BBC publishes Pollard inquiry transcripts

The British public broadcaster has published transcripts and appendices to the Pollard Report, with approximately 3% redacted for "a very limited number of legal reasons."
February 22, 2013

British public broadcaster the BBC has published the transcripts and appendices to the Pollard Report, save for approximately 3%, which has been redacted for “a very limited number of legal reasons.”

Among the transcripts included within the thousands of pages being published are those┬átaken from conversations with George Entwistle, who served as director-general for the BBC for a total of 54 days before his resignation in November; previous director-general Mark Thompson; ‘Newsnight’ editor Peter Rippon; BBC Trust chairman Lord Patten; then-BBC News director Helen Boaden; and ‘Newsnight’ host Jeremy Paxman.

The Pollard Report is based on an inquiry conducted by former Sky News head Nick Pollard, examining the BBC’s handling of material from investigations of child abuse allegations against late BBC presenter Jimmy Savile. Media in the UK has highlighted several quotes from the transcripts of Entwistle, Lord Patten and Paxman, with comments from the ‘Newsnight’ host being particularly critical of the decision to drop the Savile investigation from ‘Newsnight,’ as well as BBC budget cuts that, according to Paxman, have made resources for the program “extremely stretched.”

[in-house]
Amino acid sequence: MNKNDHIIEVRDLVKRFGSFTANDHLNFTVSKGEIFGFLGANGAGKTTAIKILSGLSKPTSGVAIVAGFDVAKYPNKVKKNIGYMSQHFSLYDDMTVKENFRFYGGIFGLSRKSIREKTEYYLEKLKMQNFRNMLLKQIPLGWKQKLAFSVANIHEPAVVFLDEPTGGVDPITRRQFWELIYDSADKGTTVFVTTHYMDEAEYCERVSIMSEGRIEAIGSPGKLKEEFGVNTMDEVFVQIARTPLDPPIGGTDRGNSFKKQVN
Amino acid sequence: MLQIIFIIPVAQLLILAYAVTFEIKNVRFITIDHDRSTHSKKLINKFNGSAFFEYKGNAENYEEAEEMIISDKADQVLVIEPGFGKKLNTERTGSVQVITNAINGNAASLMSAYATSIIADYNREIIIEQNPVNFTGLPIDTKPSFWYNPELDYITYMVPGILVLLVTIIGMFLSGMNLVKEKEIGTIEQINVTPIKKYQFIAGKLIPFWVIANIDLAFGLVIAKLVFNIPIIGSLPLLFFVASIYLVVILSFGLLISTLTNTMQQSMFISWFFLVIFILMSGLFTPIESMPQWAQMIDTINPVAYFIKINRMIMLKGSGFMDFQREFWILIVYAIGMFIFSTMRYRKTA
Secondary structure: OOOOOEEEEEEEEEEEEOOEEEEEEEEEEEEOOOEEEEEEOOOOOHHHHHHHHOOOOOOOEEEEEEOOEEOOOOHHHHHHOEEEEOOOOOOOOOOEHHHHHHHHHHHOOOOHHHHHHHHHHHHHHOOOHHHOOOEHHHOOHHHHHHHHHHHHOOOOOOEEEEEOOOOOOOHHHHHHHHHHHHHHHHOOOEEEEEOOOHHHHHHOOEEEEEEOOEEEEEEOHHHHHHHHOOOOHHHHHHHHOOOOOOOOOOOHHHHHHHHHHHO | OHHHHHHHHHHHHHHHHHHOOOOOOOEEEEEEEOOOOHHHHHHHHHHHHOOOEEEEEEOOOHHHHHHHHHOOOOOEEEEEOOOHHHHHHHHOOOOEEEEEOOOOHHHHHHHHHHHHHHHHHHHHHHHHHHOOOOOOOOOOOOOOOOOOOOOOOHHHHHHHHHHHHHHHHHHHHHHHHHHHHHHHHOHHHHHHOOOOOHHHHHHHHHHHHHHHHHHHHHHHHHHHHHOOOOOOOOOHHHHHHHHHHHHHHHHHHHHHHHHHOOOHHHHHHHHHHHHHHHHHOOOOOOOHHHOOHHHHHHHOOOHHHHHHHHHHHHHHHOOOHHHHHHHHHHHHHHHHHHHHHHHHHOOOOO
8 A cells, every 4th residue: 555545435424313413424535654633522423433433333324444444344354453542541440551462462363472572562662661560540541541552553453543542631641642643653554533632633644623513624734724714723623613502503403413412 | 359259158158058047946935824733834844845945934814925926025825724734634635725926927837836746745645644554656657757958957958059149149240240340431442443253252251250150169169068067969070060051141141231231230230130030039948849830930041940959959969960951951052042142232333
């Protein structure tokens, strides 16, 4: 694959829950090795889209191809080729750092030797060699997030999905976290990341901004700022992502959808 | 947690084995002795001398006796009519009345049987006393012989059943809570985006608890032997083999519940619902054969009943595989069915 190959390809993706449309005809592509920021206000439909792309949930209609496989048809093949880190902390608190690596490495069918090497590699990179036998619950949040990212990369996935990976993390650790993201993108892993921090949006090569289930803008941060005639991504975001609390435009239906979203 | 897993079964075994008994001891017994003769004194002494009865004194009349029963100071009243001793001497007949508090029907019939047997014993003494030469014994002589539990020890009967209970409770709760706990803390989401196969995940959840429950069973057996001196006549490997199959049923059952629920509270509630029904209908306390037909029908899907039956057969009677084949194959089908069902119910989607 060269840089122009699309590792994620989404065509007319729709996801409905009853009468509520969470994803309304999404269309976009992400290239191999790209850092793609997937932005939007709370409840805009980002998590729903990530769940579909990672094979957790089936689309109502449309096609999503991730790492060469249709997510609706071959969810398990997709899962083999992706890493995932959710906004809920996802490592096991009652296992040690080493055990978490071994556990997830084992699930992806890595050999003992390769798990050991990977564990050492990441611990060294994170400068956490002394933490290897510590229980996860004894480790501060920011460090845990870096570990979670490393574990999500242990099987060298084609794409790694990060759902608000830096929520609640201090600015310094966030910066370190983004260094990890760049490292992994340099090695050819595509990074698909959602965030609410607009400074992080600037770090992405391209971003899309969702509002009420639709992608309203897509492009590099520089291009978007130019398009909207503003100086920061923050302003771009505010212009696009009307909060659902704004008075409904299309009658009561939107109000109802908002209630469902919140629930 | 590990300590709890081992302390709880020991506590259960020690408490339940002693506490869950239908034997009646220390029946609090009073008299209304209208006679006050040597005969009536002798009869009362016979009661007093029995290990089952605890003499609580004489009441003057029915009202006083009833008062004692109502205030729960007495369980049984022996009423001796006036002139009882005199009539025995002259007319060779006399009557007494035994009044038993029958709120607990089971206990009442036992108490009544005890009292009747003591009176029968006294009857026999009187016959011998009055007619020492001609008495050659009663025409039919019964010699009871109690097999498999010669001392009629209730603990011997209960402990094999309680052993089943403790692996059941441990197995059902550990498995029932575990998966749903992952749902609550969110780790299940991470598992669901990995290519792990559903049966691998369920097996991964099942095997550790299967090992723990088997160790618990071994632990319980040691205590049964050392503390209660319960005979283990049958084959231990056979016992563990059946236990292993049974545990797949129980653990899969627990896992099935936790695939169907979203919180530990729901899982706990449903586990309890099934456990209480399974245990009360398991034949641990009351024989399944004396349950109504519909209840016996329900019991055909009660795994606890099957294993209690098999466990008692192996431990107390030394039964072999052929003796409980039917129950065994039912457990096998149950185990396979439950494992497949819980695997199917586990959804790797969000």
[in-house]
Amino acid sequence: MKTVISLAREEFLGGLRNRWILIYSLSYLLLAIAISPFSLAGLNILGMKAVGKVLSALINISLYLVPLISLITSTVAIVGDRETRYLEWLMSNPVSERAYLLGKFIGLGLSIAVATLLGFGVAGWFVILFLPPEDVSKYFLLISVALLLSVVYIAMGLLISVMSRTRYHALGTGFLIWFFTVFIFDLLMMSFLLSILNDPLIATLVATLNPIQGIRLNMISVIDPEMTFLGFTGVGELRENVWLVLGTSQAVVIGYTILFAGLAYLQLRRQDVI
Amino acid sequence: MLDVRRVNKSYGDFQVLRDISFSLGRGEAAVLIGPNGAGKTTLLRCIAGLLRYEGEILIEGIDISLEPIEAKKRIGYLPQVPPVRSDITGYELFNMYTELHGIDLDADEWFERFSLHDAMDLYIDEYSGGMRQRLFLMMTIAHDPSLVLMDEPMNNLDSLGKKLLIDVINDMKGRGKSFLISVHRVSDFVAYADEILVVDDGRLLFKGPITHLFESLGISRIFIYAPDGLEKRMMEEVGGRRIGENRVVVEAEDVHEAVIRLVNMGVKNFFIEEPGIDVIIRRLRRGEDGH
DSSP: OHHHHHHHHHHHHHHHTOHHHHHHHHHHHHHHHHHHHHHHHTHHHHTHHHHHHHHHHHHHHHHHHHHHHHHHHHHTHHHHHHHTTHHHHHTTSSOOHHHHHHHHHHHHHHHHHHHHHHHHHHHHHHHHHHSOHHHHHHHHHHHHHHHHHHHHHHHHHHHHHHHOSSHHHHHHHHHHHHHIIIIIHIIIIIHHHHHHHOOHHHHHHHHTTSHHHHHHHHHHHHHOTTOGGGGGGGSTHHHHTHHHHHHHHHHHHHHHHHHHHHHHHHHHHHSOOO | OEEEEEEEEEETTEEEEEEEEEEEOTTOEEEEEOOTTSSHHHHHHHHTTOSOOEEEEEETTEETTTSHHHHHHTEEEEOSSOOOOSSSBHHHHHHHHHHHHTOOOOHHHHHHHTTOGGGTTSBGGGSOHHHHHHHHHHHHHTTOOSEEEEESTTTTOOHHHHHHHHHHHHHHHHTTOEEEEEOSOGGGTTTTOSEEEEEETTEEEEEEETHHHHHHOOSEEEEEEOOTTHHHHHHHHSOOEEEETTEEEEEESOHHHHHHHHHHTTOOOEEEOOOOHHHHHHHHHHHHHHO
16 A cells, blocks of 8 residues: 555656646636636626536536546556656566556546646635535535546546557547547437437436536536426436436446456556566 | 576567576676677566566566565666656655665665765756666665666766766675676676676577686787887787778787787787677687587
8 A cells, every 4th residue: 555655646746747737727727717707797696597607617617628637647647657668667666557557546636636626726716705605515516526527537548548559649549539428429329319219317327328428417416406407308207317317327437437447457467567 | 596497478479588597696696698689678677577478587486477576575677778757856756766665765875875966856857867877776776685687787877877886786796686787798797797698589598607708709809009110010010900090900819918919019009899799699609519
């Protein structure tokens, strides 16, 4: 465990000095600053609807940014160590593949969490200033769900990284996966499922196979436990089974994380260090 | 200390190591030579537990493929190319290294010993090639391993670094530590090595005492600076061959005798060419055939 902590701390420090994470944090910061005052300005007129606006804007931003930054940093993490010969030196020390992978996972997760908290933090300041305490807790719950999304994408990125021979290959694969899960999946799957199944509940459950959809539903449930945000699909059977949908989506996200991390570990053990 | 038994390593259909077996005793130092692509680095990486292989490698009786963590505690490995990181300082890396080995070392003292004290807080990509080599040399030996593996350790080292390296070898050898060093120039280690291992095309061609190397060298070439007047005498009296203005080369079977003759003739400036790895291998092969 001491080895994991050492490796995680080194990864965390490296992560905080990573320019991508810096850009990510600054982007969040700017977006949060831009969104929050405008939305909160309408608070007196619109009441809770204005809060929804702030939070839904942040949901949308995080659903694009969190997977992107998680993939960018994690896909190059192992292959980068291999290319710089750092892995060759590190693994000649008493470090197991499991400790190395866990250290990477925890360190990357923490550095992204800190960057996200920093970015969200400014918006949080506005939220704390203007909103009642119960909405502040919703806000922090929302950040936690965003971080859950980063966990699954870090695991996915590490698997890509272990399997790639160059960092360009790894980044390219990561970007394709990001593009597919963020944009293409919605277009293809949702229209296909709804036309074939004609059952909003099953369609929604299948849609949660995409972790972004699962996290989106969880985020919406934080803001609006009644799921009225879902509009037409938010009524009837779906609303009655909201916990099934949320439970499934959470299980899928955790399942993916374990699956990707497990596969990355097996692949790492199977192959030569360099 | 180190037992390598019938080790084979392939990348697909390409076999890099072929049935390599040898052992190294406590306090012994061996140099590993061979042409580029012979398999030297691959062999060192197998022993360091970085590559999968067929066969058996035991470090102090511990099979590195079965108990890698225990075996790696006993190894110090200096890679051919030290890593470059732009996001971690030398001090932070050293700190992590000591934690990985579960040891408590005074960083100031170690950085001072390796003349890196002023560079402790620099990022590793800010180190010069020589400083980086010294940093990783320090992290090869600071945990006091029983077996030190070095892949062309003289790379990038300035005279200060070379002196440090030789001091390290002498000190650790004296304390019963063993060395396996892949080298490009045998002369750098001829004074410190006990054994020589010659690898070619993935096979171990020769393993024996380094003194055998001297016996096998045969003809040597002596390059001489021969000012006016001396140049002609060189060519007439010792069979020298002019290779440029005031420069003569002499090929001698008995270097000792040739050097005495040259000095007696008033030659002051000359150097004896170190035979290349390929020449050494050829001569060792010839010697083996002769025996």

The Independent reports that the redactions amount to about 90 pages out of the 1,000 pages of transcripts and 2,000 pages of appendices, with a sizable portion of Paxman’s transcript blacked out. According to the BBC, the redactions were made out of consideration for the following: “defamation [of individuals, not the corporation]; data privacy; protection of confidential sources; anonymity of victims of sexual assault; potential prejudice to or interference with police investigations or on-going criminal proceedings; legal professional privilege and confidentiality (where a genuine and identifiable interest of the BBC is at stake).”

“The BBC has been open and transparent in its handling of this unhappy chapter in our history,” said acting director-general Tim Davie in a statement. “It has not been an entirely comfortable process for us to go through but it is right that we did it this way. It is important that the BBC now moves forward with the lessons learned and continues to regain the public’s trust.”

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